The pillow had just shaped itself perfectly around my head; the duvet cocooned exactly how I like it.
The swirls of imagination inside my head had slowed.
My wife was silently turning the last virtual page on her Kindle.
A deep, soul restoring, sleep was inevitable and imminent.
This was last night, the time on the clock recorded that it was very nearly this morning.
“What was that?” We both asked each other, with the distinct hope that whomever knows the answer is clearly in charge of the situation and would therefore be the one that gets out of bed to sort it out. There had been a very loud smashing of glass – and it was close.
Something told me that this one was mine.
I brazenly looked out of the window to see the thing which I dread the most, a Youth! Right outside my house – on my road! Luckily it was alone and not part of a gang and luckier still it didn't see me. I don’t think it would have seen much anyway considering how drunk it was.
I checked around but could see no signs of damage to homes or cars that could explain the distinct noise that we’d heard. Was it just a coincidence that we’d heard smashing glass outside at the same time as an alcohol fuelled young person was passing? If it wasn't him, then what was it?
I bravely waited until the man had bounced and swayed himself out of sight, and then pottered out to have a look.
Under the dim street lights, the road outside looked like Simon Cowell's toilet roll cupboard, it had been layered in diamonds. It twinkled and sparkled so much that I thought for a moment that the stars, in their endless quest to be appreciated, had found a way to get past the light pollution.
Sadly, it was nothing so grand.
It was just glass. Lots of it.
I sighed. There was no way I could leave it. The road was absolutely strewn in a million tyre piercing shards right by, and indeed on, my drive. I fetched the broom.
A car came along, just as I started, and helpfully waited for me to clear a path for him to manoeuvre through. This was fine, because it was very obvious that the road was covered in glass.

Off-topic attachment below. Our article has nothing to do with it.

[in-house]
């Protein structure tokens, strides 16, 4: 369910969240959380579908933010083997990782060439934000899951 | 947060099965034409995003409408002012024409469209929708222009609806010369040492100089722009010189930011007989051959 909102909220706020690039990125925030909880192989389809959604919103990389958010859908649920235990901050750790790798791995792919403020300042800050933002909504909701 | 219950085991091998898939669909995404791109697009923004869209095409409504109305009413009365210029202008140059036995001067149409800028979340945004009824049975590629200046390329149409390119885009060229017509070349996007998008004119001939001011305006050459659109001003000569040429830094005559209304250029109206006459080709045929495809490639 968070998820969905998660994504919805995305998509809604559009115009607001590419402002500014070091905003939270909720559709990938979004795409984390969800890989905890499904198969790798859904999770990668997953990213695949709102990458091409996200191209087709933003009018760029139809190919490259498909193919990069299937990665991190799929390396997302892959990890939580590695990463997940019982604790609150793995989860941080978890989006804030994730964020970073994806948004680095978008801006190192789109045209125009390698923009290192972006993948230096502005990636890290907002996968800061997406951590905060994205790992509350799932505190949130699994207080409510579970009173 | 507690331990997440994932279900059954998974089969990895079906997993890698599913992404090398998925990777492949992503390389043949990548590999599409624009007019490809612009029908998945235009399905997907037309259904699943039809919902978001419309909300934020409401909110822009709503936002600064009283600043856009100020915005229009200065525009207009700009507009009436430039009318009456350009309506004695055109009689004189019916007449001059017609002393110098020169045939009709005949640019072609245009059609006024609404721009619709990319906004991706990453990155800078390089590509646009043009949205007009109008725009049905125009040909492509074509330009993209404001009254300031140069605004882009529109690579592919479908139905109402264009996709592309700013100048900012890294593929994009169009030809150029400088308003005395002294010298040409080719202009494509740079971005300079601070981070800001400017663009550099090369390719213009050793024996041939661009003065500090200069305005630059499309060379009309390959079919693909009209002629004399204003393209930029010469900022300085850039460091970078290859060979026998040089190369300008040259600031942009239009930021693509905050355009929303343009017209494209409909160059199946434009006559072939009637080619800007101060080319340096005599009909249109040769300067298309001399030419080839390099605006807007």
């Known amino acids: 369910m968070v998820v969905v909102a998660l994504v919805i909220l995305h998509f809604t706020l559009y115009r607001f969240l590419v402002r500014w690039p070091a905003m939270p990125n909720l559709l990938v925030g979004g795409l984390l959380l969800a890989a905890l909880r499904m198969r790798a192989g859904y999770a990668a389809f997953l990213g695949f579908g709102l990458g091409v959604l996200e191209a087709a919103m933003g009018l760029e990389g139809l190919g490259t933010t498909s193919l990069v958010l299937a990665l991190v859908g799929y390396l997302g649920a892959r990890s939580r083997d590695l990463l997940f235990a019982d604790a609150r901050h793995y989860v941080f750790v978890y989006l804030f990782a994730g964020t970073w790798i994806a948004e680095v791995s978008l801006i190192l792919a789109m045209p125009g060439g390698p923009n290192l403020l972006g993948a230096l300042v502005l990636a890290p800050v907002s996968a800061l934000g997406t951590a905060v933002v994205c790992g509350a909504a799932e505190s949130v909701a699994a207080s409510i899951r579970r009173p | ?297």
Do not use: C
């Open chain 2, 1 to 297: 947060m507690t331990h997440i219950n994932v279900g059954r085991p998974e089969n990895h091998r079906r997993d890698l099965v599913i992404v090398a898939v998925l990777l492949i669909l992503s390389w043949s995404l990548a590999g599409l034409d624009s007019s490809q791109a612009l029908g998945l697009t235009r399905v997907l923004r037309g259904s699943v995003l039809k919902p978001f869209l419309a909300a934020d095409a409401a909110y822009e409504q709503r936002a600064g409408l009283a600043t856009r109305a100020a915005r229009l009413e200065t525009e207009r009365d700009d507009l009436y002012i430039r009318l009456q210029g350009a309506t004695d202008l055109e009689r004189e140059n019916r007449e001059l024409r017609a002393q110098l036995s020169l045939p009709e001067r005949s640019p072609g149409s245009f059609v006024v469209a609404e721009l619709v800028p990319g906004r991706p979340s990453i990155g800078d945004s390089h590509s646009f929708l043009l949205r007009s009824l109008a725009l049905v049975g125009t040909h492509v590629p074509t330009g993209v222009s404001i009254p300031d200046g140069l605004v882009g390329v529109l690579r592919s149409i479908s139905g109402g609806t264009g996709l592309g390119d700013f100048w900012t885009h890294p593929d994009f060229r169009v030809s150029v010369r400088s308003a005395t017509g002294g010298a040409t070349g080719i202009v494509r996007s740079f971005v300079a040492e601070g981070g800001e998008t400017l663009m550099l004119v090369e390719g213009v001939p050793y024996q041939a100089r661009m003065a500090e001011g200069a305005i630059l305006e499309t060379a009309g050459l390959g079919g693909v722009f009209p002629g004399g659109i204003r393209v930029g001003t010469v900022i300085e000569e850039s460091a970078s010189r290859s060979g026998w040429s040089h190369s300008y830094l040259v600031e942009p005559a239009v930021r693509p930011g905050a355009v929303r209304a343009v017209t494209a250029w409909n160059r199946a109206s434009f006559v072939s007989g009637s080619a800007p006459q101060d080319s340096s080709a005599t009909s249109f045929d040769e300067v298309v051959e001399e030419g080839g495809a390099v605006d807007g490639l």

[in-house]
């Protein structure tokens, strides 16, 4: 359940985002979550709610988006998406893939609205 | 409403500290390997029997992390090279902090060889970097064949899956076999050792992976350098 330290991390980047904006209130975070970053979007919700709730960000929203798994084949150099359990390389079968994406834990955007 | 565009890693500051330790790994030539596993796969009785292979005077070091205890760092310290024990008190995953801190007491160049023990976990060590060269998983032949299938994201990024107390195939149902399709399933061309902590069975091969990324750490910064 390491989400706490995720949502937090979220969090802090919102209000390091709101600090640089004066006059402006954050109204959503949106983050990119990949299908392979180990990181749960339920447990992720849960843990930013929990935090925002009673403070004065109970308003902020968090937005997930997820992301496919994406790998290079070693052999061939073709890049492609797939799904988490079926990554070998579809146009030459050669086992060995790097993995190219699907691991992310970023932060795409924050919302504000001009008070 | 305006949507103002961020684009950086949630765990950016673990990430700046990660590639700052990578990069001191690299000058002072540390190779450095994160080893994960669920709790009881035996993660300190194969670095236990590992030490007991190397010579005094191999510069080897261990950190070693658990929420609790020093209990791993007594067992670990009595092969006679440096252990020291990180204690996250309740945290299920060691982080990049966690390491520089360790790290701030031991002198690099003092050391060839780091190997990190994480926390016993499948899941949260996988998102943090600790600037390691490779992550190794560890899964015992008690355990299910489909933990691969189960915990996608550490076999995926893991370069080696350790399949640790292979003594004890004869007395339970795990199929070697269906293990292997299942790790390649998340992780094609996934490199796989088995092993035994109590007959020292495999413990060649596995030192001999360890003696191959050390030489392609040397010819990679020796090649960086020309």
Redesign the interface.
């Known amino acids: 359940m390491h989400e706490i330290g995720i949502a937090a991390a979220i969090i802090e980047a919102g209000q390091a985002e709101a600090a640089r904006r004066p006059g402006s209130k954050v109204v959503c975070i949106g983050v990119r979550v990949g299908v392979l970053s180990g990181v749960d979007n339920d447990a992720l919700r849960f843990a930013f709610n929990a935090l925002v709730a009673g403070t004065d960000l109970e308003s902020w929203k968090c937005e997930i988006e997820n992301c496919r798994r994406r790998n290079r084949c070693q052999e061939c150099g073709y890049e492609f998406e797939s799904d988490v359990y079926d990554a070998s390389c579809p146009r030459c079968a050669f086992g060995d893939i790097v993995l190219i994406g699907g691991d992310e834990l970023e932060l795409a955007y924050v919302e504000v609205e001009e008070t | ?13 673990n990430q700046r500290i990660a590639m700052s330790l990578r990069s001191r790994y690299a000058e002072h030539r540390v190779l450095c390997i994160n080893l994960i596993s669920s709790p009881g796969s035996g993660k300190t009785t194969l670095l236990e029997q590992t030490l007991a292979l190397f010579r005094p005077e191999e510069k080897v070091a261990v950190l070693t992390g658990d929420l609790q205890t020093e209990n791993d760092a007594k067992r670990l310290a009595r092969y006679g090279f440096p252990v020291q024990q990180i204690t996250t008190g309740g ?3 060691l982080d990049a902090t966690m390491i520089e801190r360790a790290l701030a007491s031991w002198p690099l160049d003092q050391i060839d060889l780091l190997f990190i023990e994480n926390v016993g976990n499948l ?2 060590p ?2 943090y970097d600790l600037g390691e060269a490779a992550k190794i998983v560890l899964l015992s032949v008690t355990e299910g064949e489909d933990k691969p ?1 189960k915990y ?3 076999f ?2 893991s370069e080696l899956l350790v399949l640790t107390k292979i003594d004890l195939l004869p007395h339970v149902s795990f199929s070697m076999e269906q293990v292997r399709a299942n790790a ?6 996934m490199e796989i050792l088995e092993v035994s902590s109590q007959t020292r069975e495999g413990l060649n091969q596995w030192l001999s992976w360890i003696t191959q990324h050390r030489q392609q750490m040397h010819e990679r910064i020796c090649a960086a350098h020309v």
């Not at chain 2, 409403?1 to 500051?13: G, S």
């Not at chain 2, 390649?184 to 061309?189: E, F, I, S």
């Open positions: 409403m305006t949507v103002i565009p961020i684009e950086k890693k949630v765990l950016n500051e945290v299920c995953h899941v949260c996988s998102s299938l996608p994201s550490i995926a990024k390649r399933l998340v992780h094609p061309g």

However as time passed, I began to feel a little self-conscious. I could see the glass that still needed clearing, but perhaps the drivers couldn't. Perhaps the faces behind the curtain twitches couldn't.
And if that was the case then all they could see was me in a T-shirt, shorts**, and slippers, frantically sweeping the road at midnight. Quite clearly I looked mad as a box of frogs!
** It’s a very strange and disconcerting feeling when you start wearing pyjamas as an adult male. You find it very difficult to admit that this is what they are – so you have to tell yourself that they are actually shorts and not in any way, shape, or form, pyjamas. Something about the concept of wearing pyjamas reeks of either being a kid again or being very, very old – I don’t know why this is but I do know that, from the moment my kids started jumping in bed with us in the mornings, before I’d had chance to go for a morning visit to the toilet, I was just too uncomfortable without them. I won’t be going into any further detail than that, suffice to say it’s a gentleman thing.
And so I began feeling somewhat silly as I desperately tried to clear up the mess before anybody came walking past, staring at me like I'm an OCD, road sweeping, serial killer”.
And then I went back to the warmth of my duvet, knocking over something that clattered loudly as I tried to feel my way to the bed in the dark. My Wife turned and complained, “But I’m a God-damned glass-clearing hero!” I pointed out, expecting some form of respect or reward for my antics.
“Well, be a f***ing quiet one then, I'm trying to sleep!”
She takes a lot of impressing, that woman.